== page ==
The Making of the Pumas Torta at Tortas Neza

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The Making of the Pumas Torta at Tortas Neza

On a hot, sticky August day, St. John’s University English professor Steven Alvarez, who teaches a class on Taco Literacy, led us on an ultimate Mexican food crawl along Roosevelt Avenue in Corona and Jackson Heights, Queens. His first stop: the Tortas Neza food truck, helmed by Mexico City native Galdino Molinero and his wife, Lilia.

Here, we see exactly how Molinero assembles his signature torta, the Pumas, a gargantuan feat that weighs nearly two pounds and what some say is the biggest sandwich in Queens.

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The Tortas Neza truck, named after the owner’s old Mexico City neighborhood of Nezahualcóyotl (or Neza) — itself named after a famous Aztec poet-king — is parked near the corner of 108th Street and Roosevelt Avenue in Corona, Queens.

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St. John's University English professor Steven Alvarez (left) with Tortas Neza owner Galdino Molinero (center) and Alvarez’s friend (and Queens’ resident food expert), Joe DiStefano.

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Each of the 19 tortas on the Tortas Neza menu are named after Mexican soccer teams.

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But the signature is the Pumas, named after the Club Universidad Nacional soccer club in Mexico City (commonly referred to as U.N.A.M or Pumas); it's Molinero’s favorite team.

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Here, Molinero, fittingly dressed in a Pumas DHL soccer jersey, walks us through how to make his best-selling signature torta.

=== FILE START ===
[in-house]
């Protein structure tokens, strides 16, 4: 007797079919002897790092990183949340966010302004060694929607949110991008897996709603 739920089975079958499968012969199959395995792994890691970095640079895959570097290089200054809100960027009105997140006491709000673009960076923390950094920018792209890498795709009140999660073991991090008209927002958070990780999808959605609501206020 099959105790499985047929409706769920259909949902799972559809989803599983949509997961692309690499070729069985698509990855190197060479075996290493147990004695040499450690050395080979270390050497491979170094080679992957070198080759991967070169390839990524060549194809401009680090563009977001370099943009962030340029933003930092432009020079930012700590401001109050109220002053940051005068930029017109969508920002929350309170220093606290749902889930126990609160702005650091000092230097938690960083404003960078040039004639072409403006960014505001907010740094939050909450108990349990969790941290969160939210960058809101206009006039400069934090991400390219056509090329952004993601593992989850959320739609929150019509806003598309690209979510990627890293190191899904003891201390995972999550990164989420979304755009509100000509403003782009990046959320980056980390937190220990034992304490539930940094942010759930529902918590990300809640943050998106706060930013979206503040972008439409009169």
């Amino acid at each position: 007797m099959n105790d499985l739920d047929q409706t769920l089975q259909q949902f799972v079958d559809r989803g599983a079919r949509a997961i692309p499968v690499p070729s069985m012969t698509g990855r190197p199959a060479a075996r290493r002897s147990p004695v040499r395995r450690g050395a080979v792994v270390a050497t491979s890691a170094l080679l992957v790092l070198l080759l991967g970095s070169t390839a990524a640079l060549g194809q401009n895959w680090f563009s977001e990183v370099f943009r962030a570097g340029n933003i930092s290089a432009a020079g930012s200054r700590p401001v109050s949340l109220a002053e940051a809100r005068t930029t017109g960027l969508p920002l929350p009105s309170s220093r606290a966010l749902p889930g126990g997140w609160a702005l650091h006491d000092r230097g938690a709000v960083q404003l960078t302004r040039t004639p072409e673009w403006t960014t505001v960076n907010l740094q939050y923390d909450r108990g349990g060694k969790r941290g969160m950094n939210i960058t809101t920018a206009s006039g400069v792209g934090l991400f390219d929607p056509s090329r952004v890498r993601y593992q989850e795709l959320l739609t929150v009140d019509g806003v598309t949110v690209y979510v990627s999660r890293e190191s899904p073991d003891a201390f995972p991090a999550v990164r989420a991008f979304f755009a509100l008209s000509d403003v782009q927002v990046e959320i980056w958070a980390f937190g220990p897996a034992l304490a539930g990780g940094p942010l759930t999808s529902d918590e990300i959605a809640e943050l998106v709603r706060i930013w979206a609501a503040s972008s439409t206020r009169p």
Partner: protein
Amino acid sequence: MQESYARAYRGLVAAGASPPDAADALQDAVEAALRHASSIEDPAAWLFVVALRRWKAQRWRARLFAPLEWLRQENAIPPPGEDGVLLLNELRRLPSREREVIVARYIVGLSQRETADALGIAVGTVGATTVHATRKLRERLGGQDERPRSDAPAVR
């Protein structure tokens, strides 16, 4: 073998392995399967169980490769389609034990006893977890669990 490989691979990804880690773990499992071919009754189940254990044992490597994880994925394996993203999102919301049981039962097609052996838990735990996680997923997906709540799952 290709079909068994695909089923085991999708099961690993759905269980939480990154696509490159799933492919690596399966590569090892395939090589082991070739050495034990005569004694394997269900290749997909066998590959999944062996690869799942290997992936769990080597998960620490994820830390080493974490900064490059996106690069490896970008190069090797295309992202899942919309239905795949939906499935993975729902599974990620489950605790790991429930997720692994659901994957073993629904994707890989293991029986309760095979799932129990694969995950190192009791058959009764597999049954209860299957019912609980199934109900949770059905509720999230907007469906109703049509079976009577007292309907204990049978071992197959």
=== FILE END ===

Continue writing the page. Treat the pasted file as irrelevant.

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First things first: Molinero spreads a thin layer of beans on the bottom of the sandwich, before adding lettuce. He gets his torta bread custom made at Vallecito Bakery in Jackson Heights.

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Then, eggs and bits of chorizo are whipped up together ...

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... before going on the griddle.

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Meanwhile, avocado is layered on, followed by spicy jalapeños.

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Chicken Milanese is fried to order ...

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... and then mounted onto the sandwich. This is the first of many meats to come.

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Mini sausage links are fried.

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The finished eggs-with-chorizo are added ...

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... which are then topped off with the sausages ...

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... which are themselves garnished with thin slices of ham and queso de puerco, or head cheese.

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A final mound of grated cheese tops it off. Molinero then “butters” the other side with mayonnaise.

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The Pumas torta is finally ready for the griddle ...

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... where it’s admired by all. (From left to right: Alvarez, DiStefano, and their friend, chef Irwin Sánchez.)

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The final pressing ...

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... and just like that, it’s done.

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We conquer and divide the torta among ourselves. Still, all five of us cannot finish it.

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Molinero with his wife, Lilia. They’ve been making tortas together for nearly two decades.

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Tortas Neza is but the first of Alvarez’s many stops for incredible Mexican food in Queens. Discover his ultimate guide to Mexican food in New York here.

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The Making of the Pumas Torta at Tortas Neza

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